Known as the “Hawaiian Renaissance Man,” slack key guitarist George Kahumoku Jr. is the driving force behind the celebrated Slack Key Show and its touring counterpart The Masters of Hawaiian Music. George caught up with us via email to discuss the history of the slack key guitar tradition and how it continues to influence new music.
See the Masters of Hawaiian Music: George Kahumoku Jr, Led Kaapana and Jeff Peterson on Saturday, February 20 in Daniels Hall.
Read our Q&A with slack key guitar master Jeff Peterson.
How would you describe slack key guitar to a novice?
George: Slack key guitar came to Hawaii in 1830 via the Spanish speaking vaquero who came to help manage the wild herds of cattle by day on the big island of Hawaii, where I was born and raised.
At night the vaquero shared their music. They brought three different guitars with them. They brought the guitarro or four string bass, a six string cat gut for playing rhythm, and a four string tenor guitar for playing lead. In 1832 their contract ended and they left behind a few guitars and they left the islands. My great grandfather was one of the few who ended up with the Spanish guitars. My grandfather and other Native Hawaiians combined three guitars into one and slackened the strings to open tunings to match their voices playing bass, rhythm and lead all on one guitar. What makes Hawaiian slack key solo guitar unique is playing bass, rhythm and lead. Many others play guitars with open or slacked tunings playing rhythm or lead but not all three, bass, rhythm and lead.
How did you come to embrace slack key guitar playing? Did you encounter it when you were young? Were you influenced by family or a local community, or were there popular entertainers who influenced you?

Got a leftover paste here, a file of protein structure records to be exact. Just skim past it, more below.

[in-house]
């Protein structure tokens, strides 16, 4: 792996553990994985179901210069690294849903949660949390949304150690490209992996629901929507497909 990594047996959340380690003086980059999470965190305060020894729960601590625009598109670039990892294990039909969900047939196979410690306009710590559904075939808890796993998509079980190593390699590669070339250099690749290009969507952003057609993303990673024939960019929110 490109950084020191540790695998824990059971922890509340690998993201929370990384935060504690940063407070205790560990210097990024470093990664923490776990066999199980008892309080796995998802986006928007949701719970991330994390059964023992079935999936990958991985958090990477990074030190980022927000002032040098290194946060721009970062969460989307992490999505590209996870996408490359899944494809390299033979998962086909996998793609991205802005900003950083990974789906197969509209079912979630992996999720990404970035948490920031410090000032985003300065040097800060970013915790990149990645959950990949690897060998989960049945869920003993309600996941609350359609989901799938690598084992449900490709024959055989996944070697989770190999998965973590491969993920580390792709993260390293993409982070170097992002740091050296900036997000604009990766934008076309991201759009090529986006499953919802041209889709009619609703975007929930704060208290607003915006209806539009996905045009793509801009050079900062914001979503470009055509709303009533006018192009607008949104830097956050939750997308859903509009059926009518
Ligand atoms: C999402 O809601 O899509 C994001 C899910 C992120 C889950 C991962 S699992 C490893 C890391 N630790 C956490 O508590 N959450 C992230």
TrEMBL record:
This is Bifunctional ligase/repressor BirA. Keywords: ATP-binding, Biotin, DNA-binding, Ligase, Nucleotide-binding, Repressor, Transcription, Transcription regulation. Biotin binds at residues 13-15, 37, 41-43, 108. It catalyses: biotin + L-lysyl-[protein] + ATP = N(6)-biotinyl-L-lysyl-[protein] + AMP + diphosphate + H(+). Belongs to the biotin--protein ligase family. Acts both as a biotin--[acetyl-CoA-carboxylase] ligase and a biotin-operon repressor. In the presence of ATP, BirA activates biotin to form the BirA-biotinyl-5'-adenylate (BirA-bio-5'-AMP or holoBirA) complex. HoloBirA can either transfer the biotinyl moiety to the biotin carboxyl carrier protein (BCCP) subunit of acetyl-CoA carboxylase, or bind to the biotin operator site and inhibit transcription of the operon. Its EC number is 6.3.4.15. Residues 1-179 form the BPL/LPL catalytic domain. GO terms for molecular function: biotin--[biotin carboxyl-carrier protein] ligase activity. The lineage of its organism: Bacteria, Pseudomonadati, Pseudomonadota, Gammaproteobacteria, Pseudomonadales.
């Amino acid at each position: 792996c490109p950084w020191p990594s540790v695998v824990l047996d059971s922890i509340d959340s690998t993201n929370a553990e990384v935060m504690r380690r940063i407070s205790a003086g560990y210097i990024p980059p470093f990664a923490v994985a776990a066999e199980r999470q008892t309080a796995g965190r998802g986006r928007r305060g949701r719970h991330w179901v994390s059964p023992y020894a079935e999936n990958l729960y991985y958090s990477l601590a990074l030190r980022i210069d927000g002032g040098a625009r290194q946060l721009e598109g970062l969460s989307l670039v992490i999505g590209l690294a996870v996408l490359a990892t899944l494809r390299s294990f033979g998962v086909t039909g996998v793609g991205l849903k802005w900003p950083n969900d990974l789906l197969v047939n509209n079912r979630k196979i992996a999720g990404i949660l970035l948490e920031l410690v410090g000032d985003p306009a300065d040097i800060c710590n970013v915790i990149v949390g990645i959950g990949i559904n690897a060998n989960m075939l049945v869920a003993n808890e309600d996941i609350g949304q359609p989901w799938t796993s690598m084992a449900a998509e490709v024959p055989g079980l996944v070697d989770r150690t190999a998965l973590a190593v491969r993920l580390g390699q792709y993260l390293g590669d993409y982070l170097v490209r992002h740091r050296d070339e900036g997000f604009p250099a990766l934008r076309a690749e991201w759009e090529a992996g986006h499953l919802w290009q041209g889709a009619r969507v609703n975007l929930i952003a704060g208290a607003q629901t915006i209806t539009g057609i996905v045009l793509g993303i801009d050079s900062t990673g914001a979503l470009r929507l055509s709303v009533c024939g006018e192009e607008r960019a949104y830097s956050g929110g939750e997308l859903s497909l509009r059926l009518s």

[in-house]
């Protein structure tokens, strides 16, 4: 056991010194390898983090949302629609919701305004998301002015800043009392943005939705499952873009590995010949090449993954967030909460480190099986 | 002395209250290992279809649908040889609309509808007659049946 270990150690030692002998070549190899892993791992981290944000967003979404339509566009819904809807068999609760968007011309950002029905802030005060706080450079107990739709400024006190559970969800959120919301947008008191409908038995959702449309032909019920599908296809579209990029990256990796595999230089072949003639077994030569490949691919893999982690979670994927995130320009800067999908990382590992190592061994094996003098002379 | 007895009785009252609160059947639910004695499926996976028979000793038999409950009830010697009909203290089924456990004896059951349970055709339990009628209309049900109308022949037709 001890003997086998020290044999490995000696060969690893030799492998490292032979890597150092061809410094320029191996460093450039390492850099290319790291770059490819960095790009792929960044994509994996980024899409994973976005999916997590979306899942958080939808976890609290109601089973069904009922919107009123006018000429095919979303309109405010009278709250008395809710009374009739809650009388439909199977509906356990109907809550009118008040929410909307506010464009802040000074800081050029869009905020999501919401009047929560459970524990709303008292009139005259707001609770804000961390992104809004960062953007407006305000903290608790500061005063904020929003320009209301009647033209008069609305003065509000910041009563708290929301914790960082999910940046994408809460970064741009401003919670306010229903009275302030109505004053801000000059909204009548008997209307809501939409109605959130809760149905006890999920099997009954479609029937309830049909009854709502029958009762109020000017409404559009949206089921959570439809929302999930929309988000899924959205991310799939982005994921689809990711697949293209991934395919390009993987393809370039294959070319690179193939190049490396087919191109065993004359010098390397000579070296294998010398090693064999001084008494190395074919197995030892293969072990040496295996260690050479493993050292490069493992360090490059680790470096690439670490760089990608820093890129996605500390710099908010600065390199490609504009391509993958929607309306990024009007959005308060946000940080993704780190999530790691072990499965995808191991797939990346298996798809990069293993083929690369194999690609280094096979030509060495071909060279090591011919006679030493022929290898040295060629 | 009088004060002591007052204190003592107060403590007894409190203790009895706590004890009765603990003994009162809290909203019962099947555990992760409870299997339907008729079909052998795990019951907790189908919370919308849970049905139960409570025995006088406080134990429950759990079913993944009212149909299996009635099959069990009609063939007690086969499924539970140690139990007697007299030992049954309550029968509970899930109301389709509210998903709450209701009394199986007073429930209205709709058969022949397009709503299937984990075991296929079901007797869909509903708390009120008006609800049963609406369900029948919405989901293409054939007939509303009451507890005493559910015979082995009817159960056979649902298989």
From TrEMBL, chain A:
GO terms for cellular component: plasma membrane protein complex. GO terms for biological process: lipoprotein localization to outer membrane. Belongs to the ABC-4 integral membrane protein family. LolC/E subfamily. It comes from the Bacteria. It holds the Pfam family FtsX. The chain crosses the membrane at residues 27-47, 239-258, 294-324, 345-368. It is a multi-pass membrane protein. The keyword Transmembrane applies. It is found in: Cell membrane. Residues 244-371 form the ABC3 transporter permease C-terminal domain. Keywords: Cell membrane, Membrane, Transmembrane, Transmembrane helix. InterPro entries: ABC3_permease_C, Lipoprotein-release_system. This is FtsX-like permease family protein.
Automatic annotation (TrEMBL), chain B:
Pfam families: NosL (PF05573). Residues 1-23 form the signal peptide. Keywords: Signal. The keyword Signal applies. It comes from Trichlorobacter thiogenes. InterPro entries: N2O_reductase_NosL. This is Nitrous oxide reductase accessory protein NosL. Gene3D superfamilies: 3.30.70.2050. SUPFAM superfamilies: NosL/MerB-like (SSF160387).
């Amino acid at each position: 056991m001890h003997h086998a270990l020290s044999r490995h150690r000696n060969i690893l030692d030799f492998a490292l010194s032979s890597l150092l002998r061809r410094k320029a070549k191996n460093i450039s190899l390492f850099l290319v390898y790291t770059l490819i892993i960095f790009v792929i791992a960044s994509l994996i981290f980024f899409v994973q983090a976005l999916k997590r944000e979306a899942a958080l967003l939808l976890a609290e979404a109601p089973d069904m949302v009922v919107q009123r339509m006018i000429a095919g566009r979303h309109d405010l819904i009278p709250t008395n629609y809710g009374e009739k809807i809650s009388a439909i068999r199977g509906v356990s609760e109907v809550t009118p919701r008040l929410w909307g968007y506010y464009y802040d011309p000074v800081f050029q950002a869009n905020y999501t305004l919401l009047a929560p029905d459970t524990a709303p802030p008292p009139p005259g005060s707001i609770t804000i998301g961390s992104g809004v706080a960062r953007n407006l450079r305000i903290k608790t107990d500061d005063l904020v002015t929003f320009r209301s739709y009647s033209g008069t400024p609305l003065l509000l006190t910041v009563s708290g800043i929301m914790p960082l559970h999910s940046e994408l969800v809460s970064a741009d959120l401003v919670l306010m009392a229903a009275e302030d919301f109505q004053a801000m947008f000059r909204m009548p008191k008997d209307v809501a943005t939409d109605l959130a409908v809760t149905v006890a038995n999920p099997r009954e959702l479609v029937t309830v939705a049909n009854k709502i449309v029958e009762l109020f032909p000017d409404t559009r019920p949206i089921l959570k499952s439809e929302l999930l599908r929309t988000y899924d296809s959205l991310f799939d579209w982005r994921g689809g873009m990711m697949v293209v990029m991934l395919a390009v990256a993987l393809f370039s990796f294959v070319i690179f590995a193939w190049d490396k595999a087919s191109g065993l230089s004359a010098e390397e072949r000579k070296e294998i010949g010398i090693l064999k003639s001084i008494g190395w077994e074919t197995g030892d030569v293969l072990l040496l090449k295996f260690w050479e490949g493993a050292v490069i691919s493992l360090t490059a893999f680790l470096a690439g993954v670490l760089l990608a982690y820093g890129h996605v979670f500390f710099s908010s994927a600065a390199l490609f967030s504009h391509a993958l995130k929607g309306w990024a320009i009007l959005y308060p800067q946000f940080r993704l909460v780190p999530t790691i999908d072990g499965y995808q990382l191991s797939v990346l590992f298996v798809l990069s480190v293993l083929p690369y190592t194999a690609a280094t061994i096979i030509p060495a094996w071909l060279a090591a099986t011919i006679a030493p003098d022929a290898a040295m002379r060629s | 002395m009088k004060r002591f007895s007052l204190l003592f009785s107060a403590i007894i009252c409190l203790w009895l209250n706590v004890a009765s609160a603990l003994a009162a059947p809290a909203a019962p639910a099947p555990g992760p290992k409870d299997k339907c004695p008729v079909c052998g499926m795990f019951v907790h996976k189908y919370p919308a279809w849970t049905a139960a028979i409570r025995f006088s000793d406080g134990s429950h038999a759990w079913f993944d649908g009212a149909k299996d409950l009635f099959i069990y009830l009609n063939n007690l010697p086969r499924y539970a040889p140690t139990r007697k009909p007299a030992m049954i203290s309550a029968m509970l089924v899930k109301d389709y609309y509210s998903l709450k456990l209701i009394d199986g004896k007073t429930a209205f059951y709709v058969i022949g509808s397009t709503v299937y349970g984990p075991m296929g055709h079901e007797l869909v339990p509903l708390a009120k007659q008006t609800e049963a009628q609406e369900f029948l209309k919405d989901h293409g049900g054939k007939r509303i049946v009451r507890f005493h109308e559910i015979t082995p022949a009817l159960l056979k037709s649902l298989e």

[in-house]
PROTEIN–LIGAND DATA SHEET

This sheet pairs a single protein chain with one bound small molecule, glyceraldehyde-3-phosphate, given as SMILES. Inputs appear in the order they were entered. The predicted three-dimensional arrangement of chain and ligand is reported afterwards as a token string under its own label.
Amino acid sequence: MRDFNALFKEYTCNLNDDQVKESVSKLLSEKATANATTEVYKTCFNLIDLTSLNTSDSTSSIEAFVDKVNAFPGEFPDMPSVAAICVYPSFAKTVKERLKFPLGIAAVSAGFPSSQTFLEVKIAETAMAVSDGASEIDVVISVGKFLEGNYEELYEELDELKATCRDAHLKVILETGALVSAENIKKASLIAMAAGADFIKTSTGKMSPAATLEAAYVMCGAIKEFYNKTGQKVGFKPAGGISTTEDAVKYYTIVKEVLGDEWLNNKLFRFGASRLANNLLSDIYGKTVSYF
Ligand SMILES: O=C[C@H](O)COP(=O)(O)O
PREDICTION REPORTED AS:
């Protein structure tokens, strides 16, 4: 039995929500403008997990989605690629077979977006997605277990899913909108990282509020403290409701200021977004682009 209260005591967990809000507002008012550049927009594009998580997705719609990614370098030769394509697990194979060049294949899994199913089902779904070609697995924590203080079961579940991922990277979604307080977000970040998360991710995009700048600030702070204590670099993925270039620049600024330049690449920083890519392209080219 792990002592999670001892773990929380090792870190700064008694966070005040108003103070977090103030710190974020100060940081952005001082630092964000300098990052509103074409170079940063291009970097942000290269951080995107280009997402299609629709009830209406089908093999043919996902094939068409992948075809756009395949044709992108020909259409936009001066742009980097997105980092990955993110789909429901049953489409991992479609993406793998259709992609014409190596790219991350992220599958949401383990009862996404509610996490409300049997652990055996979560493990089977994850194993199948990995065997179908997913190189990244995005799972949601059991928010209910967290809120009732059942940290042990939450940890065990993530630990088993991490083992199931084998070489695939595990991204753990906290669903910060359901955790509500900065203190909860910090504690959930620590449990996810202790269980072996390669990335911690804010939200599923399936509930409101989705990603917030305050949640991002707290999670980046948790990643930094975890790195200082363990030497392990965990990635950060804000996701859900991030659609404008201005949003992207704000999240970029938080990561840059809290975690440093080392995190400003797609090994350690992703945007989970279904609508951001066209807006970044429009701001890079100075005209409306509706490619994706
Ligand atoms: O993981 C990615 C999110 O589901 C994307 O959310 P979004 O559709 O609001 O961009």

George: I was born into Hawaiian family who were paniolo – cowboys, fishermen and farmers. Our family played music and prepared and shared food at all our family celebrations and gatherings. I grew up in a house hold with 26 cousins, aunties, uncles, grandparents, great grandparents living together in a close-knit family village and compound with no electricity, running water or indoor plumbing.
Is there a particular slack key tuning you prefer? If so, why do you like that tuning?
George: I tune to my voice usually to an Eb tuning and occasionally use my great grandfather’s D Wahine tuning tuned to C. Because I have a weekly show and play with other artists who play guitar as well as ukulele, I now Play a CFCFAC taro patch F tuning that I can play in any key. Ukulele layers and guitar players have a hard time plying in Eb.
How has slack key guitar influenced non-Hawaiian forms of music? Have you found the music or its influence turn up in any places that surprised you?
George: I’ve played with and listened to many other artists who play open tunings such as Jerry Garcia, Jesse Collin Young, Elvin Bishop, B.B. King, Bob Brozeman music from South Africa, Brazil, Argentina, blues and country western guitarists. Again what makes slack key music unique is the thumb picking bass, and other fingers playing rhythm and lead. Other genres play lead or rhythm, but lack the steady thumb bass.
Finally, as creative forces behind The Slack Key Show: Masters of Hawaiian Music, how do you see the music evolving, and what does that direction mean for the future of Hawaiian music at large?
George: I teach and mentor young kids and adults all the time. I see slack key as a foundation for the next generation of artists. I have a student Russell Steinberg, for example, who comes from a classical guitar tradition who lives in LA. As a composer, songwriter, I hear him incorporating bass rhythm and Hawaiian turn-arounds in his own music, using Hawaiian Wahi Pana or place names for his songs.
I also have been mentoring a 15-year-old vocalist singer-songwriter Anthony Pfluke on Maui with slack key guitar and 18-year-old Shem Kahawai. Again we use a bridge to learn our traditional Hawaiian Masters of Hawaiian music songs, then let loose on creativity by letting new songs be born out of our various tunings and traditions.
This interview was conducted via email with Swallow Hill Music Marketing Manager Barry Osborne.